A new economic package being compiled to help struggling households cope with inflation and support the economy will likely reach 26 trillion yen ($174 billion), a senior ruling party lawmaker indicated Monday.

Prime Minister Fumio Kishida has instructed officials to draw up a new package focusing on steps to ease the pain of higher prices on households, spurring wage growth and revving up an economy still recovering from the COVID-19 pandemic.

Toshimitsu Motegi, secretary general of Japan's ruling Liberal Democratic Party, speaks during an event organized by Kyodo News in Tokyo on Oct. 24, 2022. (Kyodo)

Referring to the government's inflation relief package worth 2.6 trillion yen approved in September, Toshimitsu Motegi, secretary general of the ruling Liberal Democratic Party, told an event organized by Kyodo News that the to-be-compiled package will be "one digit" larger.

The package is expected to be unveiled on Friday.

In the face of falling public support, Kishida has expressed his intention to compile a "bold" package in terms of size and substance. LDP lawmakers have been calling for it to be around 30 trillion yen, noting that the government needs to bolster domestic demand by closing the supply-demand gap of around 15 trillion yen.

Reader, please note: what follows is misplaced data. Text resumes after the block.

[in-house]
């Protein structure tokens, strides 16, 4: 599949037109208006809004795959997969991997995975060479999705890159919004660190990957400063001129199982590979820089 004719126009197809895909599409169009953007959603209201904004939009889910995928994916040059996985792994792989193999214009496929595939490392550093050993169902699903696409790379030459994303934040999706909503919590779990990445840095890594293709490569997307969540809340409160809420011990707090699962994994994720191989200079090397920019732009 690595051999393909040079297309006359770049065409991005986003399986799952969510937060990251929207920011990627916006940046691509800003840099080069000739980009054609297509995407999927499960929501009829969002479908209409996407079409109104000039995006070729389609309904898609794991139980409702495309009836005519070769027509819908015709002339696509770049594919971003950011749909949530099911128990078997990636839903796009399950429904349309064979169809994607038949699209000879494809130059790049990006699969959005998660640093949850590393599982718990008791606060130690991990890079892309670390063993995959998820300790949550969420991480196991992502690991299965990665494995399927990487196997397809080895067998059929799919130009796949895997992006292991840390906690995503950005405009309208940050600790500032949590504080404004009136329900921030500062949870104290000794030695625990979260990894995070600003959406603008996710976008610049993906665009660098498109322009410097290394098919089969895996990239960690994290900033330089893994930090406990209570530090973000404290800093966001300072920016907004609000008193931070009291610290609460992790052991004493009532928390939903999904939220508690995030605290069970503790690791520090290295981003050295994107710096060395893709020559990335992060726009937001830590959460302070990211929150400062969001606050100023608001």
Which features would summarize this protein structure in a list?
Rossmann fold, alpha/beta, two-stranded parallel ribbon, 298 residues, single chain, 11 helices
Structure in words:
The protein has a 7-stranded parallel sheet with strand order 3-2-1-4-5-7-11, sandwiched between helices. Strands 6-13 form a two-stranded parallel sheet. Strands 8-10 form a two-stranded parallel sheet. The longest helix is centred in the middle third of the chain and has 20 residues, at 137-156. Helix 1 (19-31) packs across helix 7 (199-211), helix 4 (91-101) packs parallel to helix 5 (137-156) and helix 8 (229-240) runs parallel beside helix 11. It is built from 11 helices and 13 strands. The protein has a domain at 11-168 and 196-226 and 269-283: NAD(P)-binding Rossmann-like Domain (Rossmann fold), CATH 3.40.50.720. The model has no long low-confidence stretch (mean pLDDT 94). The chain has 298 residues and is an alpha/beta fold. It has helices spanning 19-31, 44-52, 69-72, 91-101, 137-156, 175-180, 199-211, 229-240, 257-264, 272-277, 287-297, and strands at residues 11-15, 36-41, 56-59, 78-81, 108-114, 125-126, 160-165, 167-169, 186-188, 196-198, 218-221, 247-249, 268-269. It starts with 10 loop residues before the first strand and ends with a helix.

Securing enough funding is a challenge for heavily-indebted Japan whose debt has ballooned to more than twice the size of the economy.

Japan's core consumer inflation topped 3 percent in September, marking the sharpest gain since 1991, excluding the effects of sales tax hikes. The recent bout of inflation is largely attributed to higher energy and other raw material prices, with the yen's sharp slump magnifying the impact.

The country's inflationary pressures can be explained by the yen's weakness hurt by the Bank of Japan's monetary easing.

Motegi said raising interest rates prematurely would have a negative impact on the economy, adding that "It will be difficult to go ahead with a rate hike immediately."

But he also said that "it does not mean that the whole of the current bold monetary easing framework can remain without a review."